Venice Public Lecture - 'Who clipped the lion's wings/ And flea'd his rump and pared his claws?': The myth of Venice in the decline of Eliot and Pound
This is the ninth and final lecture in the 'Venice and Cultural Imagination' public lecture series.
Venice figures in the poetry of T. S. Eliot and Ezra Pound as a dynamic yet controversial topos for their literary imaginations. In these two poets, Venice is encountered as a labyrinth of memories - both from literature and from life - and of scenery intensely felt rather than drawn from precise historical knowledge. Both seek to perpetuate a myth of Venice's moral and cultural fall into decline, which serves as a powerful rebuke to the perceived decadence of modern civilization.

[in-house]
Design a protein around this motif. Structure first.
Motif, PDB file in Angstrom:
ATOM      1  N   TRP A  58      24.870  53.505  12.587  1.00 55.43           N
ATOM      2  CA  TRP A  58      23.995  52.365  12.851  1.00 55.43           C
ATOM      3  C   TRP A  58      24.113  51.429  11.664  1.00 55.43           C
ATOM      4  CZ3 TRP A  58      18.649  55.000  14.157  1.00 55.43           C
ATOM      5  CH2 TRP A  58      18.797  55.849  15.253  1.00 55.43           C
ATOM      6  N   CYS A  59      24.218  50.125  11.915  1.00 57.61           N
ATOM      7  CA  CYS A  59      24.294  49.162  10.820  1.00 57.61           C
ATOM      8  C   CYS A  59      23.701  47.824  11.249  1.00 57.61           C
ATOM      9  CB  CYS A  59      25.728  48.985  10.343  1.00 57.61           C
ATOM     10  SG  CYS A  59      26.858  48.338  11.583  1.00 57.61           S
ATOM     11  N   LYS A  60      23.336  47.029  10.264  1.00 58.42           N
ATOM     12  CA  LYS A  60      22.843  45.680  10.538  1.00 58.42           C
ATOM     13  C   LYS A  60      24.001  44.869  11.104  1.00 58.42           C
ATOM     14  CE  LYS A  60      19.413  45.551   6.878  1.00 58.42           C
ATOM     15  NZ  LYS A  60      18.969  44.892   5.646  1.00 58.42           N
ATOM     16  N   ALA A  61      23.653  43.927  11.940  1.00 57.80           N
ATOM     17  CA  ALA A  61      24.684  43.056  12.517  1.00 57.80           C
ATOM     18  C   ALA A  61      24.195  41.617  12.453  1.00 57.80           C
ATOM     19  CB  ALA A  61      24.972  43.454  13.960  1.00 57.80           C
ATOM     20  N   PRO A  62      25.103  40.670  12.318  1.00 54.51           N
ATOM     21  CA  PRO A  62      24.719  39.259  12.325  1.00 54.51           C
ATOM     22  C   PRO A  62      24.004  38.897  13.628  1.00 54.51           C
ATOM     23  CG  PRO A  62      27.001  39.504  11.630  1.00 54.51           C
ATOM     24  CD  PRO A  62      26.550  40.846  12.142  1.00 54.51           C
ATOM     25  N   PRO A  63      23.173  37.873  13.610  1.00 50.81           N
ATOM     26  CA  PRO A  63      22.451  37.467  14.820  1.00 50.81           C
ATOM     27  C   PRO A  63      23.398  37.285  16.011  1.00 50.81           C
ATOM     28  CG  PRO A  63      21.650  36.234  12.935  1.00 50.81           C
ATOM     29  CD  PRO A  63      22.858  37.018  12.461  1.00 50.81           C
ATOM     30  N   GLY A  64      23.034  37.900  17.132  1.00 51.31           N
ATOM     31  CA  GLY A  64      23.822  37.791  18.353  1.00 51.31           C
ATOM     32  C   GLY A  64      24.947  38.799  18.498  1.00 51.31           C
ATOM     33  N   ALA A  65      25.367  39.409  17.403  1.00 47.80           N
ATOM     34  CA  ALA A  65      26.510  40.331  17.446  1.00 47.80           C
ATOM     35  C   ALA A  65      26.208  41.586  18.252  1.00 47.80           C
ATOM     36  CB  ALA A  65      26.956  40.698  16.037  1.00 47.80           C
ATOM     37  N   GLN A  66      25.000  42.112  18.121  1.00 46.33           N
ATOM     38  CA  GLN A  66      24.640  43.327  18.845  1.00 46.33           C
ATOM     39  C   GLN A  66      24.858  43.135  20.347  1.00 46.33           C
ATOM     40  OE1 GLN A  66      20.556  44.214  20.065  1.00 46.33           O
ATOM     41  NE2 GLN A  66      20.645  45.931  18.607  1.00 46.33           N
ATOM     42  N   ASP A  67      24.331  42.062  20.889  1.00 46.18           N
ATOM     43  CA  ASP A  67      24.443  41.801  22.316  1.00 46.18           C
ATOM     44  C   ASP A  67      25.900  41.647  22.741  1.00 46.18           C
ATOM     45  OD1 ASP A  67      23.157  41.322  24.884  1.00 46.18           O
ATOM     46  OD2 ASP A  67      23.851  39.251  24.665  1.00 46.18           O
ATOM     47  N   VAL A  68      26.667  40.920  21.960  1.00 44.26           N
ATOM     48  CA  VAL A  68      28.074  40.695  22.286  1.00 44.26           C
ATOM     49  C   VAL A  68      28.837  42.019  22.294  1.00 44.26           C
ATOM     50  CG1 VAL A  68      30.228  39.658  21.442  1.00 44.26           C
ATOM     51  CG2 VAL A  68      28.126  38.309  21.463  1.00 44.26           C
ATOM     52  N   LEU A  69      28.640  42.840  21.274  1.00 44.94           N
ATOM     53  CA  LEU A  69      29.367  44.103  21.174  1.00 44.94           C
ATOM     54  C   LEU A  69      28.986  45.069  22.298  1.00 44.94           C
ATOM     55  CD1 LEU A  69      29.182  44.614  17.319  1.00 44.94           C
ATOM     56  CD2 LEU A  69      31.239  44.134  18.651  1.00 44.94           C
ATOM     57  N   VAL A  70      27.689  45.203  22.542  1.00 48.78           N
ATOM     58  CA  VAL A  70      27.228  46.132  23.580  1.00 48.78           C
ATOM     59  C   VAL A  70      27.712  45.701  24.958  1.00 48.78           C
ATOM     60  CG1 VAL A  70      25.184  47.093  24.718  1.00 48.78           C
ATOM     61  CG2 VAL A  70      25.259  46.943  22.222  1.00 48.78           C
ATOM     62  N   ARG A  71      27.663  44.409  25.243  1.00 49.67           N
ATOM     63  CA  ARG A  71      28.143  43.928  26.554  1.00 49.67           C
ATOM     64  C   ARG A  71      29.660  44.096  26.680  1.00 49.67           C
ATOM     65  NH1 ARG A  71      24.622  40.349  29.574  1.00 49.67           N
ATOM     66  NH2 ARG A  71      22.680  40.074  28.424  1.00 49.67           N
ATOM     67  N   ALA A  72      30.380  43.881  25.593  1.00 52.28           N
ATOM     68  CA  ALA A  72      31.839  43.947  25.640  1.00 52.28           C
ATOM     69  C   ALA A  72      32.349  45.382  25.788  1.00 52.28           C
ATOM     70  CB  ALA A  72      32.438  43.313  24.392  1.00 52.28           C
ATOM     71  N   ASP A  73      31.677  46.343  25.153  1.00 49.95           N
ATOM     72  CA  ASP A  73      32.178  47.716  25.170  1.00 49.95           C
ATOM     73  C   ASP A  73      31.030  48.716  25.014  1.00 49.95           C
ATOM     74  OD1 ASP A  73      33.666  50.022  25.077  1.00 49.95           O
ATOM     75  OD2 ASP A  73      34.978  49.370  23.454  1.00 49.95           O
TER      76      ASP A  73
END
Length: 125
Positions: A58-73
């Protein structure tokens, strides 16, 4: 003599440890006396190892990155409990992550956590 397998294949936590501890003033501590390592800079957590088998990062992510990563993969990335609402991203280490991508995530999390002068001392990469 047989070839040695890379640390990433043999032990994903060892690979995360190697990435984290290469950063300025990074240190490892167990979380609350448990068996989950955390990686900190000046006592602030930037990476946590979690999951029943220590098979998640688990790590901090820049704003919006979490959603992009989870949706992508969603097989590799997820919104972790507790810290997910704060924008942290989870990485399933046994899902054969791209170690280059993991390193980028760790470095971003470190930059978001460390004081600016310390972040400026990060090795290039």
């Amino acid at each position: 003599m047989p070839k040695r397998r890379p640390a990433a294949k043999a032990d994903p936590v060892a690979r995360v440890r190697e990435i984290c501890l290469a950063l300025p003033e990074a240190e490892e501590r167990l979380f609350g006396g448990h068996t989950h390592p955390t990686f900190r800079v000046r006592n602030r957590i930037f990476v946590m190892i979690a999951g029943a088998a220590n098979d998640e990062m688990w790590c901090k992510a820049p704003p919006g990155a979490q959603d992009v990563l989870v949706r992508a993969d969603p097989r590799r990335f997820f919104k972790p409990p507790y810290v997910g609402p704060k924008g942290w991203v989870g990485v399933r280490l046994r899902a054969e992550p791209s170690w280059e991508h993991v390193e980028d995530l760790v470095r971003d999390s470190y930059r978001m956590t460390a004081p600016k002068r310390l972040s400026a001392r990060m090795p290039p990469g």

This lecture series focuses on the city's representation in painting, music and literature since 1800. The period is one in which Venice's trading heyday had long since vanished; a byword for lost liberty under Austrian rule, it becomes the subject of elegiac broodings on fallen greatness, but also a place in which masqued revelry, carnival, licence, and dissolutions of normal perspectives still abide as possibilities. In the period, Venice becomes a playground for the imagination, but one in which the playful and the serious, aesthetics and history, entwine.
For more information about the series please visit: http://www.dur.ac.uk/ias/events/thematic/venice/
This public lecture is free and open to all to attend.
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